Released in January 1989, DEEP STAR SIX was looked upon by many as being yet another Alien type clone. Instead of being set in deep space it was set deep in the ocean where a crew of Navy engineers are excavating and area of the sea floor, whilst doing this they accidently disturb a gigantic and highly aggressive sea monster who begins to set about their craft with a view to getting to them. I suppose it is a fair comment to say that this fairly low budget tale was in fact seen as an opportunity to cash in on the success and appeal of films such as ALIEN, but saying that didn’t ALIEN director James Cameron attempt to re-kindle the same sort of scenario four years later in 1989 when he made THE ABYSS? So, I suppose one could say that DEEP STAR SIX could have been the inspiration for that movie and others like it that moved the horror from outer space into the depths and darkness of the Oceans, LEVIATHAN for example which was released two months after DEEP STAR SIX. Although DEEP STAR SIX was a low budget affair, it was not in any way lacking in entertainment value, and recently I re-watched the movie and still enjoyed it, but I am as they say easily pleased. It’s tag line, NOT ALL ALIENS COME FROM SPACE, SAVE YOUR LAST BREATH TO SCREAM, which is also a different take on the ALIEN tag line, IN SPACE NO ONE CAN HEAR YOU SCREAM. Still sticks in my head. The music for DEEP STAR SIX is the work of composer Harry Manfredini, he is one of those composers who I believe is so talented but never seems to attain the status he so richly deserves, he worked on numerous movies during the 1980’s and also the 1990’s including the FRIDAY THE 13TH series of films, his scores are a fusion of symphonic and electronic, the composer fashioning effective and entertaining works that work both with and without the images on screen. In his career thus far the composer has scored some 100 movies and TV series.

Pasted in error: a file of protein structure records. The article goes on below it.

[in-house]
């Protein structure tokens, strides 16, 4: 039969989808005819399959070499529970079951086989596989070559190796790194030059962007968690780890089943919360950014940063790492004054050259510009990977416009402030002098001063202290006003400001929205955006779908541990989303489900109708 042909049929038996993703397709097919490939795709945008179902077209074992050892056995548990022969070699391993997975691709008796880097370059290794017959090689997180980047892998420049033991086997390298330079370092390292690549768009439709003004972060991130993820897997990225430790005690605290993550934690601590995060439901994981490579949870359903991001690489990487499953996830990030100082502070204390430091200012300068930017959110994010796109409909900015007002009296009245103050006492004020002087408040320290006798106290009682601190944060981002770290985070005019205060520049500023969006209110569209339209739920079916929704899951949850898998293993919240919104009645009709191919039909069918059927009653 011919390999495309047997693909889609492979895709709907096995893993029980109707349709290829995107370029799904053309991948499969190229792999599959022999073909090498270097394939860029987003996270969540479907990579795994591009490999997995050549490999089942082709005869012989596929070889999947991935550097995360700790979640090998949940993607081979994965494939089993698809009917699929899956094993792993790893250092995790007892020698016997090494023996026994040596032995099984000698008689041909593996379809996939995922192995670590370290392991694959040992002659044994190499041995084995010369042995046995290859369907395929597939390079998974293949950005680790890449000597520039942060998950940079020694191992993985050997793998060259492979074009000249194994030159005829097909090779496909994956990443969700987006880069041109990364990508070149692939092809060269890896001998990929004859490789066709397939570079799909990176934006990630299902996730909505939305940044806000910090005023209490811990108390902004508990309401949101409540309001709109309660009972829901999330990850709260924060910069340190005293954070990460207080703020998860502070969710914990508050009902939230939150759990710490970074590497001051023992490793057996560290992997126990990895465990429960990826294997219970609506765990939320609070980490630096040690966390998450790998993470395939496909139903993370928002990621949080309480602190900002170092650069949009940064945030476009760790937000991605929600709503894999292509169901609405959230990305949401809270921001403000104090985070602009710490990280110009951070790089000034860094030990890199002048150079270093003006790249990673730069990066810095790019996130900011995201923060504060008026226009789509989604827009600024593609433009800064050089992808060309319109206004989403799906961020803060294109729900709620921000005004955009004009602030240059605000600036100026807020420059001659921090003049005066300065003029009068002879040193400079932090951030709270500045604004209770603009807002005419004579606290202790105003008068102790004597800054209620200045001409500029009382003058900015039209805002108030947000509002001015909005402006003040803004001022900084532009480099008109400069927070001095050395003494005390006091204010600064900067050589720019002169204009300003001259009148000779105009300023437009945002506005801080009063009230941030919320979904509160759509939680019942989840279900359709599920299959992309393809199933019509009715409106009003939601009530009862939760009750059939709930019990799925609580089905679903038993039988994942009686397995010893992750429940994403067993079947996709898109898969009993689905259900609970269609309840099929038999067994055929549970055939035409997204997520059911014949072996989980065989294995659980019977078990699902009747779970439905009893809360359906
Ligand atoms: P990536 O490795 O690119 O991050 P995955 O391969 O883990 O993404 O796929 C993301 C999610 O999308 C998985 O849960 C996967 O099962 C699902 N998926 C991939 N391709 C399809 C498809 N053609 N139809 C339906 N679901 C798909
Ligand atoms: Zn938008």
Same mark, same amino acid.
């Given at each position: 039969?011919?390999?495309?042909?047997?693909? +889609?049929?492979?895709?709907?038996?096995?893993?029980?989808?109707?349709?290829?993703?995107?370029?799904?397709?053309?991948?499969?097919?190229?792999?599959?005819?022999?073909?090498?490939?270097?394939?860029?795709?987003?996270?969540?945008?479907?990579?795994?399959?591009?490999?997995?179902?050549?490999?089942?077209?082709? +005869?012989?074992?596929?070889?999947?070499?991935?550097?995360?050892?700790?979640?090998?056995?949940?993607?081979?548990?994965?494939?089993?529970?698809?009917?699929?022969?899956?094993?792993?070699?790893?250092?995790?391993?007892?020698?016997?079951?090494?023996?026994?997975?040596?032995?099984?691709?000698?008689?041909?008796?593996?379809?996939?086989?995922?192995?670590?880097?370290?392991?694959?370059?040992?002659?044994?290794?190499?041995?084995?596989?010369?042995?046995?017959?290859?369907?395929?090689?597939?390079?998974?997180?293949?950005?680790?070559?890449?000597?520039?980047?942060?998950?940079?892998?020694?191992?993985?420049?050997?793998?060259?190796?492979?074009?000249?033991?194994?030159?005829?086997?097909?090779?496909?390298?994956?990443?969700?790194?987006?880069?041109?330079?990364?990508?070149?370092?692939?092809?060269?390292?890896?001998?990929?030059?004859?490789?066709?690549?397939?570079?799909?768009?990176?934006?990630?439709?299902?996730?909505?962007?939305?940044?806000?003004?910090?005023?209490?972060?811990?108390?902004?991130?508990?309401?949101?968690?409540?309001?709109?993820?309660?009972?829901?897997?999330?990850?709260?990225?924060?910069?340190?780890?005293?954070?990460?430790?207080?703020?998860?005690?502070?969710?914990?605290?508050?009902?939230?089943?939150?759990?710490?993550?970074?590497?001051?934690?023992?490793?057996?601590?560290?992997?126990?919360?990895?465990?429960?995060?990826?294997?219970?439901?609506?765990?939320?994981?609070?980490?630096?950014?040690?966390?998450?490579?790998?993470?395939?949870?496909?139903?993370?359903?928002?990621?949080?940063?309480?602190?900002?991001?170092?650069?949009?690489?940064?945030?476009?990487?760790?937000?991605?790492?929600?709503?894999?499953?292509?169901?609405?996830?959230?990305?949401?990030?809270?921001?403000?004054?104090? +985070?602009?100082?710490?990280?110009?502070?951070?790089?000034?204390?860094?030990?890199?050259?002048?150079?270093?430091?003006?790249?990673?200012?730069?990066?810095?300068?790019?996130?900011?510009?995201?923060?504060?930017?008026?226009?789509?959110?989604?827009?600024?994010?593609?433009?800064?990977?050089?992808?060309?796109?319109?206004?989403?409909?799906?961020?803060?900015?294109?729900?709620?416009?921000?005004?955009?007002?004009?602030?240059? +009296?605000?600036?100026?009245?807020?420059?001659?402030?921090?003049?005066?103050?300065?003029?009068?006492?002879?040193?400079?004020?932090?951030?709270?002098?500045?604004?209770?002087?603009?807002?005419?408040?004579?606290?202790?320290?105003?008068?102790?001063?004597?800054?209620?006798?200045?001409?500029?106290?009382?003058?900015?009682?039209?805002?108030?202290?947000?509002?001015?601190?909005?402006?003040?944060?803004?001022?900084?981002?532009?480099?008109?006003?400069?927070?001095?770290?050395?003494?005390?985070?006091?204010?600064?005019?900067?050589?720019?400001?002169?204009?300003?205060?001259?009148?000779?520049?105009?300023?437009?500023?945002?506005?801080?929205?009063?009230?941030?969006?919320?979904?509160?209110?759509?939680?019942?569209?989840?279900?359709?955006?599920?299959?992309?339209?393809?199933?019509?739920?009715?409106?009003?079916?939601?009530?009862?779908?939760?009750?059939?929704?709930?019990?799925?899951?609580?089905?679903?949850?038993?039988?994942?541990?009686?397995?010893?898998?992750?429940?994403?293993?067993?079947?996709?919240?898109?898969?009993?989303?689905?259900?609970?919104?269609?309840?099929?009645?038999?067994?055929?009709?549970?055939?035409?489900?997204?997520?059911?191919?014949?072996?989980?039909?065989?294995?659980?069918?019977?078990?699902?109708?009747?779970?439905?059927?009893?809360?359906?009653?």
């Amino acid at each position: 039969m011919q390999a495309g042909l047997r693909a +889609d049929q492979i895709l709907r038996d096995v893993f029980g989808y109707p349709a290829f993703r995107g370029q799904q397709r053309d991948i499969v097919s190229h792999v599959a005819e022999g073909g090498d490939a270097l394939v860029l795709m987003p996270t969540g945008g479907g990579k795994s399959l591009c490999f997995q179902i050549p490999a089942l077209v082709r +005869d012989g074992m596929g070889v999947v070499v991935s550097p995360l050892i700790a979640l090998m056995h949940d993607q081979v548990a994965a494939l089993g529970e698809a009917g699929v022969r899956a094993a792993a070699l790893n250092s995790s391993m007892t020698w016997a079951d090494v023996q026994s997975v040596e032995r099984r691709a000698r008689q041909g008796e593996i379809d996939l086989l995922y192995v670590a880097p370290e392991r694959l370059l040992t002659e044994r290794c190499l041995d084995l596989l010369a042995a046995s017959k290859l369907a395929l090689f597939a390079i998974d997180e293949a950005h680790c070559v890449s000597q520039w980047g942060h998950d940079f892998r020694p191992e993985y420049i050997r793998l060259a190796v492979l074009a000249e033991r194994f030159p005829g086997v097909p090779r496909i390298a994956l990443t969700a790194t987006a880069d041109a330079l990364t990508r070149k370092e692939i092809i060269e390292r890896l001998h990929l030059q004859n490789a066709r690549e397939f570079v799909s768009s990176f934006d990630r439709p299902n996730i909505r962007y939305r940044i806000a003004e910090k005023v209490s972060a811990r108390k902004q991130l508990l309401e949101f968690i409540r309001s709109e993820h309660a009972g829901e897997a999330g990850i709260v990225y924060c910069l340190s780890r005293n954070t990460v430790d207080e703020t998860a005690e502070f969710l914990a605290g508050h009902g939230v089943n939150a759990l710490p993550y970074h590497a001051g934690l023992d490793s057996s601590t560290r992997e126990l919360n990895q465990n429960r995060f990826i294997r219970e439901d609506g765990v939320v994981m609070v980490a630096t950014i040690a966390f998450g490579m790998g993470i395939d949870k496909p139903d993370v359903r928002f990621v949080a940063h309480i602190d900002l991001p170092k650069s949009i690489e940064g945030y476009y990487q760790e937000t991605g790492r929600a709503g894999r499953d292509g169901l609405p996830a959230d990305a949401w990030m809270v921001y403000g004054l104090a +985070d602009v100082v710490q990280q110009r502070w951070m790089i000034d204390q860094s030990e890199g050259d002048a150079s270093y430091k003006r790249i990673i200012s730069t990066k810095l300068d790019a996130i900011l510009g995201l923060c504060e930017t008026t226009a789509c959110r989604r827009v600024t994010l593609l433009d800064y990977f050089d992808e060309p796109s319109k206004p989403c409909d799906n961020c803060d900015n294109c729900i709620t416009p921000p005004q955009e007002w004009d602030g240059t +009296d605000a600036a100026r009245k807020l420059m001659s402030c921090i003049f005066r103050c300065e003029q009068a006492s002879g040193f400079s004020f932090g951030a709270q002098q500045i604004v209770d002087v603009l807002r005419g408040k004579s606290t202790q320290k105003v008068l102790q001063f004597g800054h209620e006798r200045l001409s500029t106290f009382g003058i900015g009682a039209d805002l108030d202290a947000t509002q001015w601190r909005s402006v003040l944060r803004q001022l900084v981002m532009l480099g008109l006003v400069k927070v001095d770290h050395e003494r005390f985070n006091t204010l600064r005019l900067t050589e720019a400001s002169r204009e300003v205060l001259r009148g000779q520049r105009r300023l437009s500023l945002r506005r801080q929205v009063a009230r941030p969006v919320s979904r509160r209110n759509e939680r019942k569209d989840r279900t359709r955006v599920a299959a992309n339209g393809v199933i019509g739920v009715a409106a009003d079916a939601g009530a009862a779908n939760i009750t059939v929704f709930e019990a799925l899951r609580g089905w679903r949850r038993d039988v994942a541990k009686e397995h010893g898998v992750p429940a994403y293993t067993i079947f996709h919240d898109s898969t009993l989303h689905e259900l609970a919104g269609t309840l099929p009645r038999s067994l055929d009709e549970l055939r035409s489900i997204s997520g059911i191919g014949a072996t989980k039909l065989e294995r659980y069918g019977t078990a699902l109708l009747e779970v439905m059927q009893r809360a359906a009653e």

His music for DEEP STAR SIX is in my opinion one of his best scores for film, the opening theme is wonderfully orchestrated, and although it does contain a handful of synthetic elements it is essentially a symphonic piece that is rich in harmonies and filled with melody. The style employed by the composer is verging upon the style of John Barry in places, with rich and sumptuous strings being punctuated and supported by faraway sounding horns that add a sense of the solitary to the proceedings, the theme also contains a magical and somewhat mystical foundation of delicate and fragile sounding chimes etc, on which the composer builds his haunting theme. In fact maybe it also has a gentle nod in there to Jerry Goldsmith at times. The soundtrack was released on INTRADA records (MAF7004D) back in 1989, and it was one of those soundtracks that seemed to disappear quickly, I was fortunate enough to get a copy in London and have treasured it ever since.


It is a score that contains a variety of styles and sounds, the composer pulling out highly dramatic and action fuelled cues as if from nowhere, at times evoking the style of the old B feature creature films that were so popular during the 1950’s and early 1960’s. But I have to say that for the most part it is the luxurious sounding core theme that attracts and entices the listener, I have to say that this is definitely a score that outshines the film it was written for.

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